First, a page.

Posted by Mitch Mitchell on Mar 23, 2009
Oddly enough, when I was going back through my posts to find out the last time I talked about where traffic was coming from, I realized it was only a small blurb in a post about dofollow vs nofollow and not really about traffic at all. But that was one of my most popular posts, so I hope those of you who didn’t see it give it another go.
Anyway, I’ve constantly said that most of my traffic came from sources other than search engines, and thus it seemed to prove that it worked better for me to bring publicity to this blog by commenting on other blogs and not worry about anything else. Indeed, in that article above, I found that, at the time, I was getting only 9.6% of my traffic from the search engines, with Google being at the top in sending me 4.6% of all my traffic. That’s not good at all, so I wasn’t really paying them any attention.
Well, this blog is growing in many ways, and one of those ways, it seems, happens to be in search engine traffic. But let’s do this right, going in some kind of order, so I’ll have something legitimate to compare to at another time. For this article, I’m using Google Analytics.
So, where is my traffic coming from? As of today, reading the last 30 days worth of statistics, 47.11% comes from referring sites, 31.39% comes from search engines, and 21.50% comes from direct traffic. Let’s start with direct traffic, since it’s the shortest one to talk about. My assumption of this traffic is that it’s a combination of people who subscribe to the feed by email and decide to click on the link to read the article, and those who know about the blog and decide to check in from time to time. That it’s over 20% is pretty comforting to me, as I see those folks as loyal readers, and, based on the average time of 3 minutes and 25 seconds per visit, which is 41 seconds higher than the site average, I feel pretty good.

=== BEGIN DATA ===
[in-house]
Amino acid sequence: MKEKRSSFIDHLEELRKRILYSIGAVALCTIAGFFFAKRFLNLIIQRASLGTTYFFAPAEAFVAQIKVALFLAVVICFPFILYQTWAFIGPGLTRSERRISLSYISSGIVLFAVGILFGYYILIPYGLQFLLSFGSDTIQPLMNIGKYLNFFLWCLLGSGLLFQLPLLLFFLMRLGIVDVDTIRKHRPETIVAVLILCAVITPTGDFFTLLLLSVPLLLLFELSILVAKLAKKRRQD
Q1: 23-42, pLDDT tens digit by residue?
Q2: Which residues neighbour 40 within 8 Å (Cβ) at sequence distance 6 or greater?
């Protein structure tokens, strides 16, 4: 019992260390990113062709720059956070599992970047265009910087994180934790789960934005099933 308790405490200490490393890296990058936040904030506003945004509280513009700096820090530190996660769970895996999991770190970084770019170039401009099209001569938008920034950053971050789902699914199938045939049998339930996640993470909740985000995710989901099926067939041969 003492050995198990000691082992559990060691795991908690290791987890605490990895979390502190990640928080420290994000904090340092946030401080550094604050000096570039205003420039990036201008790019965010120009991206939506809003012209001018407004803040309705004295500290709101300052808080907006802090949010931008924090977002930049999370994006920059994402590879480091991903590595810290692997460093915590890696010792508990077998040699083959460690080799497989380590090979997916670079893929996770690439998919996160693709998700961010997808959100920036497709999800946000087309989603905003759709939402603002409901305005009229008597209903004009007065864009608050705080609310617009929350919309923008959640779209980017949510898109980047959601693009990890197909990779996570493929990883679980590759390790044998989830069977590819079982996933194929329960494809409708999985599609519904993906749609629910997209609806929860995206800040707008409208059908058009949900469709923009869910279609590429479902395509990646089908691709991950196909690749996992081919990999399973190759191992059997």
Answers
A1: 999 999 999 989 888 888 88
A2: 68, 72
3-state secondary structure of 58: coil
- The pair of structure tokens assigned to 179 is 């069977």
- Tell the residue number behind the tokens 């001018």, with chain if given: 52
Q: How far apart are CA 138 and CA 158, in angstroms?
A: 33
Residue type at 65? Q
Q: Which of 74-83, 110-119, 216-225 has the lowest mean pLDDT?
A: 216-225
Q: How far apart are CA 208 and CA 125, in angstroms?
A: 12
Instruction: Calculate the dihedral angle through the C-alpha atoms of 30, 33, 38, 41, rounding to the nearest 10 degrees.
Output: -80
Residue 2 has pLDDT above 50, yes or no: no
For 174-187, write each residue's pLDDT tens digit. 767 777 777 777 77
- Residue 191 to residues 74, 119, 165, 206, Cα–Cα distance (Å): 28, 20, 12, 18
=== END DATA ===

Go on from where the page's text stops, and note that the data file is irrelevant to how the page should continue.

Next, let’s look at the referring sites traffic, which is the highest traffic feeder. These visitors are averaging 3 minutes and 51 seconds on the site, even better than the direct traffic. A good bit of the traffic comes from blogs I visit and comment on, but strangely enough, the number one driver of traffic here is a site I don’t even have an account on, so I’m clueless as to how it’s bringing me visitors; I figure I have to thank someone. Anyway, let’s give out some love; here are the top ten, in order:
And Sire, because you asked, your Cool Blog Links is only averaging 3 visitors a month.
Finally, let’s look at the search engine traffic. Yes, I’m getting 31% or so from search engines, but those folks aren’t staying around long. The average for all the search engine traffic is only 35 seconds; I doubt everyone else is a speed reader like I am. Of the search engine traffic, Google is at the top, sending 63% of that traffic, but they’re only staying 37 seconds; targeted seems to be a misnomer with that traffic, and it’s no wonder Chitika, which pops up most of the time only through search engine traffic, makes me little money. Yahoo is second, sending 25% of search engine traffic, and those folks are hanging around for 43 seconds. Oddly enough, all those folks are coming based on search terms related to music, more specifically music, so they have to be stopping by my article on the top 100 singers. No wonder they’re not sticking around; that wouldn’t be consistent traffic for me in any fashion.
And, since I’m in Analytics anyway, I might as well add location into the mix. Most of my traffic comes from the good ol’ U.S., at 69%, which is to be expected. I’m a hit in the big states, New York, California, and Texas; I at least lived in two of these states. The United Kingdom, Canada, and then Australia follow. It’s not surprising that English speaking countries would top the list of visitors, since this blog is in English.
As for keywords, it seems the only significant keyword that people find this blog for is “book writing series”, which of course fits since I have a book writing series on this blog. Hey, we all have to have something to be known for, right?
Anyway, there you go. Now that I’ve officially written an article on this, I hope to remember to check it again in four to six months to see if things have changed again.